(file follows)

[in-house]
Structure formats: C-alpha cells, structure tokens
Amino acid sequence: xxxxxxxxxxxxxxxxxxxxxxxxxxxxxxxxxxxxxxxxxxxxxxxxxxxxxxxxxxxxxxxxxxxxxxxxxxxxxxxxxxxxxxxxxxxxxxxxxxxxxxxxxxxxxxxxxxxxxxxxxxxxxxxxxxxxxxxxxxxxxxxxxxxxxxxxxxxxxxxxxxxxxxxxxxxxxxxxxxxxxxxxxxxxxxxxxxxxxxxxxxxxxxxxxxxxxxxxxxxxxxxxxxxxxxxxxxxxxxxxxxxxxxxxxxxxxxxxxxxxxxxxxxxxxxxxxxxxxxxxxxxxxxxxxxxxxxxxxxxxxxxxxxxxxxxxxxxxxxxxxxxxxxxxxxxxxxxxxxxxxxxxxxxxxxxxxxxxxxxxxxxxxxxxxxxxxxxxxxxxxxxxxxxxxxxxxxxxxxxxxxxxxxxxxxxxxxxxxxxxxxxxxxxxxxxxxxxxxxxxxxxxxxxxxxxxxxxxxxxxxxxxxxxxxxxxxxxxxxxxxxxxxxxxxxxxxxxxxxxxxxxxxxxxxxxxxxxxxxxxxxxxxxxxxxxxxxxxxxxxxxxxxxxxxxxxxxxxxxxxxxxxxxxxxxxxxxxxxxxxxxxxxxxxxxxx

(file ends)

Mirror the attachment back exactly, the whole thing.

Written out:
[in-house]
Structure formats: C-alpha cells, structure tokens
Amino acid sequence: xxxxxxxxxxxxxxxxxxxxxxxxxxxxxxxxxxxxxxxxxxxxxxxxxxxxxxxxxxxxxxxxxxxxxxxxxxxxxxxxxxxxxxxxxxxxxxxxxxxxxxxxxxxxxxxxxxxxxxxxxxxxxxxxxxxxxxxxxxxxxxxxxxxxxxxxxxxxxxxxxxxxxxxxxxxxxxxxxxxxxxxxxxxxxxxxxxxxxxxxxxxxxxxxxxxxxxxxxxxxxxxxxxxxxxxxxxxxxxxxxxxxxxxxxxxxxxxxxxxxxxxxxxxxxxxxxxxxxxxxxxxxxxxxxxxxxxxxxxxxxxxxxxxxxxxxxxxxxxxxxxxxxxxxxxxxxxxxxxxxxxxxxxxxxxxxxxxxxxxxxxxxxxxxxxxxxxxxxxxxxxxxxxxxxxxxxxxxxxxxxxxxxxxxxxxxxxxxxxxxxxxxxxxxxxxxxxxxxxxxxxxxxxxxxxxxxxxxxxxxxxxxxxxxxxxxxxxxxxxxxxxxxxxxxxxxxxxxxxxxxxxxxxxxxxxxxxxxxxxxxxxxxxxxxxxxxxxxxxxxxxxxxxxxxxxxxxxxxxxxxxxxxxxxxxxxxxxxxxxxxxxxxxxxxxxx